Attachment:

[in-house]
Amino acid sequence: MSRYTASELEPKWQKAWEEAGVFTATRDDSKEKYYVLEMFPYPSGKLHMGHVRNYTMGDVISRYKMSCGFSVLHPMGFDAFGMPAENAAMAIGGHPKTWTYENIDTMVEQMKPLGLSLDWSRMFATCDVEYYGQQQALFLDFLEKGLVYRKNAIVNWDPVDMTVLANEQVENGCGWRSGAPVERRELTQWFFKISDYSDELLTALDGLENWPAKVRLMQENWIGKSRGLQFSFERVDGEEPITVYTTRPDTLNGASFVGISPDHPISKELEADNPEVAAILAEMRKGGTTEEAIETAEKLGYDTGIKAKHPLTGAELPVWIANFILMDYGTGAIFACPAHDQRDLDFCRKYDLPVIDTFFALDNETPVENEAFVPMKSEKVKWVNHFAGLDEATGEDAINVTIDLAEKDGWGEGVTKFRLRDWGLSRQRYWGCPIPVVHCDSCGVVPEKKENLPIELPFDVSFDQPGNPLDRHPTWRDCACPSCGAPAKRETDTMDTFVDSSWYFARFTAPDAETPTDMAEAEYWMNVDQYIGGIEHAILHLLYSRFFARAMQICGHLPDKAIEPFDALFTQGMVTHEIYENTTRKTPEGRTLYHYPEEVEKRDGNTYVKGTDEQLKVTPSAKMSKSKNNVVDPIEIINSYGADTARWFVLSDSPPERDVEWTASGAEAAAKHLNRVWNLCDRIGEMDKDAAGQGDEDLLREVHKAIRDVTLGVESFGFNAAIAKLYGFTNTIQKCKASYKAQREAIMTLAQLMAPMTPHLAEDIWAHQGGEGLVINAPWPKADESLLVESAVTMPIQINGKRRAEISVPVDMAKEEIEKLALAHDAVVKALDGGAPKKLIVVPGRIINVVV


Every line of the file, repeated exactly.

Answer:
[in-house]
Amino acid sequence: MSRYTASELEPKWQKAWEEAGVFTATRDDSKEKYYVLEMFPYPSGKLHMGHVRNYTMGDVISRYKMSCGFSVLHPMGFDAFGMPAENAAMAIGGHPKTWTYENIDTMVEQMKPLGLSLDWSRMFATCDVEYYGQQQALFLDFLEKGLVYRKNAIVNWDPVDMTVLANEQVENGCGWRSGAPVERRELTQWFFKISDYSDELLTALDGLENWPAKVRLMQENWIGKSRGLQFSFERVDGEEPITVYTTRPDTLNGASFVGISPDHPISKELEADNPEVAAILAEMRKGGTTEEAIETAEKLGYDTGIKAKHPLTGAELPVWIANFILMDYGTGAIFACPAHDQRDLDFCRKYDLPVIDTFFALDNETPVENEAFVPMKSEKVKWVNHFAGLDEATGEDAINVTIDLAEKDGWGEGVTKFRLRDWGLSRQRYWGCPIPVVHCDSCGVVPEKKENLPIELPFDVSFDQPGNPLDRHPTWRDCACPSCGAPAKRETDTMDTFVDSSWYFARFTAPDAETPTDMAEAEYWMNVDQYIGGIEHAILHLLYSRFFARAMQICGHLPDKAIEPFDALFTQGMVTHEIYENTTRKTPEGRTLYHYPEEVEKRDGNTYVKGTDEQLKVTPSAKMSKSKNNVVDPIEIINSYGADTARWFVLSDSPPERDVEWTASGAEAAAKHLNRVWNLCDRIGEMDKDAAGQGDEDLLREVHKAIRDVTLGVESFGFNAAIAKLYGFTNTIQKCKASYKAQREAIMTLAQLMAPMTPHLAEDIWAHQGGEGLVINAPWPKADESLLVESAVTMPIQINGKRRAEISVPVDMAKEEIEKLALAHDAVVKALDGGAPKKLIVVPGRIINVVV